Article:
Working with human movement data, sometimes you need to make visualizations or infographics based on the data: you can better analyze the movement by visualizing it and its features see this, or maybe you just want to tell a story using movement visualizations.
Among different techniques for recording movement data, motion capture (mocap) is a well-known method for capturing the exact movements of an actor. Motion capture data are typically constructed from the 3D coordinates of body joints for a series of time-steps (frames). Mocap is often used to create animations for video games or feature films.
In a way, we can treat a segment of movement data like any tabular data: we have a sequence of frames (rows), and for each frame, we have the positions or rotations of a group of body joints (columns). However, there is a pre-defined spatial relationship among the body joints, which is the skeleton. We can use the skeleton to display not only the joints but also use the information of which joints are connected to each other to visualize the bones.
A great tool for creating web-based and interactive data-driven visualizations is the D3.js library. D3 allows you to create and manipulate web elements (the elements used in SVG, HTML, …) based on data. In addition, you can add transformations, transitions, and interactions to the visualizations using both D3 and the standard web practices that are available on modern web browsers.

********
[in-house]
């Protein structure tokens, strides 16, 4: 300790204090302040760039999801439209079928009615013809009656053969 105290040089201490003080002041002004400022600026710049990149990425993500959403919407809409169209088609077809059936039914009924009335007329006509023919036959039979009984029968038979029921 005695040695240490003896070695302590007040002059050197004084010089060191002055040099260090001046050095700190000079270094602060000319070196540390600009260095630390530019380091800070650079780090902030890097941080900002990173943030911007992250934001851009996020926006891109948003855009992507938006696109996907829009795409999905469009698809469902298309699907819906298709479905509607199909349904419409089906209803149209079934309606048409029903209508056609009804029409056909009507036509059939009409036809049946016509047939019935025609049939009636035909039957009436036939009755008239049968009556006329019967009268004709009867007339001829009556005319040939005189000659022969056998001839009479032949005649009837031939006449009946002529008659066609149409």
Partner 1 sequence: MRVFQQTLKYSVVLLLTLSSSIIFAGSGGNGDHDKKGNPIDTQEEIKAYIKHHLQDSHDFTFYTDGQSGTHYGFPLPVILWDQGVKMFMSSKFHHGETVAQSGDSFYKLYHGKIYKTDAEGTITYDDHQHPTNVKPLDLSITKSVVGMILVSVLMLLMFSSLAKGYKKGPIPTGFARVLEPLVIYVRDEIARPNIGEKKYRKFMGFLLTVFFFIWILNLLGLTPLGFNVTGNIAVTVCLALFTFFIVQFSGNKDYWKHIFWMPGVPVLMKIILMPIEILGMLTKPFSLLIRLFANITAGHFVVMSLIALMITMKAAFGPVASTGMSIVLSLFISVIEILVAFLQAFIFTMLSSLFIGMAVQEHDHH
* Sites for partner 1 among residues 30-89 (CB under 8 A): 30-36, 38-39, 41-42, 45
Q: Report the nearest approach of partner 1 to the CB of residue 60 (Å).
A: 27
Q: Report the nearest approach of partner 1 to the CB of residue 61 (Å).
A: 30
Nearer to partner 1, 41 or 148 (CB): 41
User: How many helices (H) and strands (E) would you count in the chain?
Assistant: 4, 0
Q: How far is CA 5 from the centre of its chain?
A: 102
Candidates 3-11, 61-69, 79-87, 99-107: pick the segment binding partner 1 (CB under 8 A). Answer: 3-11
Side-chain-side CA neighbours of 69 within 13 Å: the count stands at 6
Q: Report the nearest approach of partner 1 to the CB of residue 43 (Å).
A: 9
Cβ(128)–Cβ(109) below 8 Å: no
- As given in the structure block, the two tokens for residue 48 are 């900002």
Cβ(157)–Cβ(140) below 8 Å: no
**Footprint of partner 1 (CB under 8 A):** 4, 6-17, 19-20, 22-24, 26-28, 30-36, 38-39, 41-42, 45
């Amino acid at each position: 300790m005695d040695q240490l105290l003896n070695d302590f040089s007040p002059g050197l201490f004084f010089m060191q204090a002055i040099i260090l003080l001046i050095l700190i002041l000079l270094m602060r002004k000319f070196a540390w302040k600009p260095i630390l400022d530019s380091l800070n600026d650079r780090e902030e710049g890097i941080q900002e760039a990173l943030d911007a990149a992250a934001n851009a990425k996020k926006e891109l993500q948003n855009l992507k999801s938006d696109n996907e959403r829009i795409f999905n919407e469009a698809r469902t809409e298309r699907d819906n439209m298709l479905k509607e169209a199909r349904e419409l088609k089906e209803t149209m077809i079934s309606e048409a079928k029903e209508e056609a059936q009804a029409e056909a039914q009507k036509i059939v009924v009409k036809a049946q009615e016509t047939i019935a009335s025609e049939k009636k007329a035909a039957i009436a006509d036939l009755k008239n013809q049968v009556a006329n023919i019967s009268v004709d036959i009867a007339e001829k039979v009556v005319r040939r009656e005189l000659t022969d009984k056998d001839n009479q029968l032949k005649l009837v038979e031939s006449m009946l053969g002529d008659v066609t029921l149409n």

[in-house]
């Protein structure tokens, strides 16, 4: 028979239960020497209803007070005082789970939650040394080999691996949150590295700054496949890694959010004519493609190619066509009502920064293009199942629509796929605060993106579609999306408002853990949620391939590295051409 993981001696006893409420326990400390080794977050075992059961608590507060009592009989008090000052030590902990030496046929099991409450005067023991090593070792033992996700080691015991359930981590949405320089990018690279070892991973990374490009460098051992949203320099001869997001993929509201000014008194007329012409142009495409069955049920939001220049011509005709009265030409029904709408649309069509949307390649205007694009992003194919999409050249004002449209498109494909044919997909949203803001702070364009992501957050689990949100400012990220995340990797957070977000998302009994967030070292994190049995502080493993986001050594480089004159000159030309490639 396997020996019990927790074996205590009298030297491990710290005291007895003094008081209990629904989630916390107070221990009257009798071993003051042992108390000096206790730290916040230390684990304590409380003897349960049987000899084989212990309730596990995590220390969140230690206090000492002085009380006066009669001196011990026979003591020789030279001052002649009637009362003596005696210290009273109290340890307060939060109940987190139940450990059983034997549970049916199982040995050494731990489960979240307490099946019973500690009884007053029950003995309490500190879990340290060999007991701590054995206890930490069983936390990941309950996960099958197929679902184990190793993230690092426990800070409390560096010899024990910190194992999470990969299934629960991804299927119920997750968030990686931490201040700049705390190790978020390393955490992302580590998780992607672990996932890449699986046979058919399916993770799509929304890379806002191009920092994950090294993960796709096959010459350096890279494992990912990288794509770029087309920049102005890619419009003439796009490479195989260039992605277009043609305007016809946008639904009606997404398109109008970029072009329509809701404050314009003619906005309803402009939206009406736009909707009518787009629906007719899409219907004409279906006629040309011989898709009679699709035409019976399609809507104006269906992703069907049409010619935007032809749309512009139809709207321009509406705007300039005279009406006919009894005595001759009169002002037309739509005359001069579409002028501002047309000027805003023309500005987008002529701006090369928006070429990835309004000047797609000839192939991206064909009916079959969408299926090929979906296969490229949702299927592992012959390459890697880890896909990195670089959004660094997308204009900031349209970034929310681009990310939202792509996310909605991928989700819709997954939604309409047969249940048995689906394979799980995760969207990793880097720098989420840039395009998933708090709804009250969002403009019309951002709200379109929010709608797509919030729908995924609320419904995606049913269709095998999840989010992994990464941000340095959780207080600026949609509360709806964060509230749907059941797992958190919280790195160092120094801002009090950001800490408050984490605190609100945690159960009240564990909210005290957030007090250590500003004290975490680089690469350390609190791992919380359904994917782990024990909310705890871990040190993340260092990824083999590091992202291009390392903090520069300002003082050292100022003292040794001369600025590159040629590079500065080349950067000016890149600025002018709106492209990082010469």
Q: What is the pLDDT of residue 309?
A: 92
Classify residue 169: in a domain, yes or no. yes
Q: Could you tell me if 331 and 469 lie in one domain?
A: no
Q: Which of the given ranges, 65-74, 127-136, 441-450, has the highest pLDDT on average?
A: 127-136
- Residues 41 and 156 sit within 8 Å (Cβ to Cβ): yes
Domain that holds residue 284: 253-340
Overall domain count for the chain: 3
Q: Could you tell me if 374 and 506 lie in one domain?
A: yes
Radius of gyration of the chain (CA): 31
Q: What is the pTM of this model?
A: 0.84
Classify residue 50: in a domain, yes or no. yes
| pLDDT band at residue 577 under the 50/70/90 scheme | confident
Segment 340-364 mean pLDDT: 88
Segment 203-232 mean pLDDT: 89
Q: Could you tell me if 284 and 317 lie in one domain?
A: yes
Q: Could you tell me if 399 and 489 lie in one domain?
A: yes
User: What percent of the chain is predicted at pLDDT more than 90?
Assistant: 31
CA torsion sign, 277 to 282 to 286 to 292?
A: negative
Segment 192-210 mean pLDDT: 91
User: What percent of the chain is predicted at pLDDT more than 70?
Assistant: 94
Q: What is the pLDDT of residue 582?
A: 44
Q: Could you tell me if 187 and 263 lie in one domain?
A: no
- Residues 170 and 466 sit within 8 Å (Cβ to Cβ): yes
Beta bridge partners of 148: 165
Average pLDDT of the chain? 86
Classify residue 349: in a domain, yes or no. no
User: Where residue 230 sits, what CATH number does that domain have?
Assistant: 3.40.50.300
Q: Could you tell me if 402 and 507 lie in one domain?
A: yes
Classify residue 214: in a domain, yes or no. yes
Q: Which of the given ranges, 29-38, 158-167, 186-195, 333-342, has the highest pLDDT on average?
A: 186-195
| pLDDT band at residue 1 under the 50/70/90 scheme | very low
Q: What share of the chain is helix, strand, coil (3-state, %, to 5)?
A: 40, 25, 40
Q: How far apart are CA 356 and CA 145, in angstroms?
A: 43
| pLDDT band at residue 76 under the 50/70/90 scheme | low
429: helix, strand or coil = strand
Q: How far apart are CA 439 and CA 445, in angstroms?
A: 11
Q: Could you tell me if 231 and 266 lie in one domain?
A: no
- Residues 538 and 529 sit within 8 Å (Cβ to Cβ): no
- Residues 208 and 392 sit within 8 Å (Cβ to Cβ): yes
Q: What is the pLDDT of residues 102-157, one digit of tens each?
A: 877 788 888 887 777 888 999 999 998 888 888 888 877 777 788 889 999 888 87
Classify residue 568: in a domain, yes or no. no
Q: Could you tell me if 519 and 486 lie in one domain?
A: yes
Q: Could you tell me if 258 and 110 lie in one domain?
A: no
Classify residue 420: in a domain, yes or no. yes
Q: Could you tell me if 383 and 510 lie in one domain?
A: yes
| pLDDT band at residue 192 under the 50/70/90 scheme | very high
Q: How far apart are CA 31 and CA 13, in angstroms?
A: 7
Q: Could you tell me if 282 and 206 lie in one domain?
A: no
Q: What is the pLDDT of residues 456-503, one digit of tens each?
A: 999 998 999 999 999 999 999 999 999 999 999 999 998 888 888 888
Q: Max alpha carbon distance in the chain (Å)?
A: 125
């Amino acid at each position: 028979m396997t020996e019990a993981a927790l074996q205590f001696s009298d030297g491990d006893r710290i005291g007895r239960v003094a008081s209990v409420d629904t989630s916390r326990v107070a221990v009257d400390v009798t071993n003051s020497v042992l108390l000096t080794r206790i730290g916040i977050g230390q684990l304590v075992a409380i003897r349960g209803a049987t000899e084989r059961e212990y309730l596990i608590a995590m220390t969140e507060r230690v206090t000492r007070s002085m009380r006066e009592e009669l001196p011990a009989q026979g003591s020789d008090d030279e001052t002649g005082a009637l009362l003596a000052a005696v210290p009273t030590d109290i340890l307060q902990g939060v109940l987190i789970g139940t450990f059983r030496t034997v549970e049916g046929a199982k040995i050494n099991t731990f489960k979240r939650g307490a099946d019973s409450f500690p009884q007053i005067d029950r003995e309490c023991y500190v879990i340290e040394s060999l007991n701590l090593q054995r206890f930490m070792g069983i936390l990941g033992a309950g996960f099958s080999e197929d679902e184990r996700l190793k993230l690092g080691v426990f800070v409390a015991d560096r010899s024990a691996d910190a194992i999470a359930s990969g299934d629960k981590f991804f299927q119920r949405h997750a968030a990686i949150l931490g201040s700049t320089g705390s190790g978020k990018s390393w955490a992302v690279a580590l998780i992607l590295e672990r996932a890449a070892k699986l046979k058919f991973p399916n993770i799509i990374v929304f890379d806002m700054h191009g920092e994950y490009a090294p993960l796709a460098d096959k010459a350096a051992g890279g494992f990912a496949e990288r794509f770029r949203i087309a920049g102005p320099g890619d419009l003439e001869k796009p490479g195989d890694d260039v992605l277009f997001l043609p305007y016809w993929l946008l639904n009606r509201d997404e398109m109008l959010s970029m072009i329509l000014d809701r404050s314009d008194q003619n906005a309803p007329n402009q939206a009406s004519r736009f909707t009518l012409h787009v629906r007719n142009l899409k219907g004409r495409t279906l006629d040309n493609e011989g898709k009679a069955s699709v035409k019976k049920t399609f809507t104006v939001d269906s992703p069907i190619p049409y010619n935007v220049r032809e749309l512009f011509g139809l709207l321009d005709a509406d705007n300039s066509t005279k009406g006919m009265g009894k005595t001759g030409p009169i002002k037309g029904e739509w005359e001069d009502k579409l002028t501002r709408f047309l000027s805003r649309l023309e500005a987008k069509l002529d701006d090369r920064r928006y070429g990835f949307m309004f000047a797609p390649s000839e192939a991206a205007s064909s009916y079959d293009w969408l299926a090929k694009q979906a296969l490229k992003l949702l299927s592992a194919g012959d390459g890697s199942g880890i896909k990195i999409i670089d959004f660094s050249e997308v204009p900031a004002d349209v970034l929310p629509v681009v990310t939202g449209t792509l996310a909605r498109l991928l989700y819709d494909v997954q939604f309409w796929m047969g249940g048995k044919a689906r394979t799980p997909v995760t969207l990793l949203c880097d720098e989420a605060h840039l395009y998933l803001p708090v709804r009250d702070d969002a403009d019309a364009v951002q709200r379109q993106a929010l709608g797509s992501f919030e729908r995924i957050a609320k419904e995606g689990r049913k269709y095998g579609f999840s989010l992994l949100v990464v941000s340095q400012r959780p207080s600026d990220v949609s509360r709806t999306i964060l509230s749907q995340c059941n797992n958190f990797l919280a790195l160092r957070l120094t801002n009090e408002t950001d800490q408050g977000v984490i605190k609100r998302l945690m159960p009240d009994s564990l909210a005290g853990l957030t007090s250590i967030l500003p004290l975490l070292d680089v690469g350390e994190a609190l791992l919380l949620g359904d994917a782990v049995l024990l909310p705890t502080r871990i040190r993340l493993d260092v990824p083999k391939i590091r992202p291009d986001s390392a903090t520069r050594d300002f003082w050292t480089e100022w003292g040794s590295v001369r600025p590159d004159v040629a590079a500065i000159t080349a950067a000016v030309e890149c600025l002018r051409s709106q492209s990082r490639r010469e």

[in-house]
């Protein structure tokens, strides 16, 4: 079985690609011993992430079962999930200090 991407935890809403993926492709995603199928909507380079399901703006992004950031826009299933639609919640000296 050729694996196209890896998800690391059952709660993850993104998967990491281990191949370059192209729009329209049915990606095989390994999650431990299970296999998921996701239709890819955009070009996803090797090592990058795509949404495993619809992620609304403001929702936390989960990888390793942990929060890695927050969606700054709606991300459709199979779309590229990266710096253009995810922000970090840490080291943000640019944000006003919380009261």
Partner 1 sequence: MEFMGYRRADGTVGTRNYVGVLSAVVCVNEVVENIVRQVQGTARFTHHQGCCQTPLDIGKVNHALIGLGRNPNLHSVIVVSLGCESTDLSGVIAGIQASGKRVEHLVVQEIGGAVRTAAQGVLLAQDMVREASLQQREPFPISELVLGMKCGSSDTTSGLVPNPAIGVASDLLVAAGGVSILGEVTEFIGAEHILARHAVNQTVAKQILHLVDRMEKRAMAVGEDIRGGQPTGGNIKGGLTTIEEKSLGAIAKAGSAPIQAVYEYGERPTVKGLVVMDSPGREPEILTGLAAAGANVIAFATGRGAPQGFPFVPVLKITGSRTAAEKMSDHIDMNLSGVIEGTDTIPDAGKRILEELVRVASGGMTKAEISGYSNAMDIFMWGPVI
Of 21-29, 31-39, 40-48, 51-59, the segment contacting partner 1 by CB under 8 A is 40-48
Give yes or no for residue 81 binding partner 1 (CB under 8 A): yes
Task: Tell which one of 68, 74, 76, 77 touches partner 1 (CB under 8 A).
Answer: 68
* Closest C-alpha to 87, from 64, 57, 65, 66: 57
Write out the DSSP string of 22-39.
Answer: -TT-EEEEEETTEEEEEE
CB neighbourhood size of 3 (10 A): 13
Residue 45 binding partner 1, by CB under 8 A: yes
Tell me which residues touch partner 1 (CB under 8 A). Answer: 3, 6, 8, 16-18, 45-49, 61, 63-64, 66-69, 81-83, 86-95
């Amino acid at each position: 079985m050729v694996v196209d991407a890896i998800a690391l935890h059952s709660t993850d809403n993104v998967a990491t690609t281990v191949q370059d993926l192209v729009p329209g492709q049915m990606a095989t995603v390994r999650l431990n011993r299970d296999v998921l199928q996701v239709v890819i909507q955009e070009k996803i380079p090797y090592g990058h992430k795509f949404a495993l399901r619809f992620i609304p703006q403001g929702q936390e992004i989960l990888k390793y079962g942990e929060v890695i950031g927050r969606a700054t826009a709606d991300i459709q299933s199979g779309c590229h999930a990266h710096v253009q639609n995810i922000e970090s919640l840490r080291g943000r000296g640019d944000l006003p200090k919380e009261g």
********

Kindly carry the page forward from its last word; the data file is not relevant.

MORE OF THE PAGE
1. Motion Capture Data Format
Mocap data are provided in different formats such as C3D (3D marker positions); Acclaim, Biovision, and Vicon (both the skeleton and the movement data); text (comma or space delimited); and more general 3D asset formats such as COLLADA.
No matter of the file formats, each frame of motion capture data consists of a root node, which defines the body’s absolute position and orientation with respect to a global coordinate system, and a set of nodes each representing a joint’s angle or bone’s relative orientation in a three-dimensional space.
For this guide, to avoid dealing with format-specific considerations and the mechanics of parsing them, I have provided sample mocap files in JSON format, available from the GitHub repository for this tutorial.
In our ad hoc format, we use two structures: one which contains the position of each joint at each time frame, and one for defining the skeleton (that is, the bones).
The positions are defined using an N x M matrix, representing N frames, each containing M joint objects. The position of each joint is defined by its three parameters x, y, and z. So, positions.x represents the position of the 5th joint along the x axis, at the first frame, and positions.z represents the position of the 15th joint along the z axis.
The skeleton is defined using an array of bones. Each element of the array contains two elements, representing the indexes of the two joint at each end of the bone. The indexes match the index of the joints as they appear in the positions matrix. For example, skeleton = [6,7] represents the first bone in the skeleton, connecting the joint with index 6 (skeleton = 6) to the joint with index 7(skeleton = 7).
2. Setting Up the Scene
Before we start, we should include the D3.js and jQuery scripts in our HTML file:
We also need to create a div tag to put our visualization inside of it:
There are a number of variables and parameters that we are going to use throughout or project:
We will put all of the code for doing the visualization inside of the draw() function.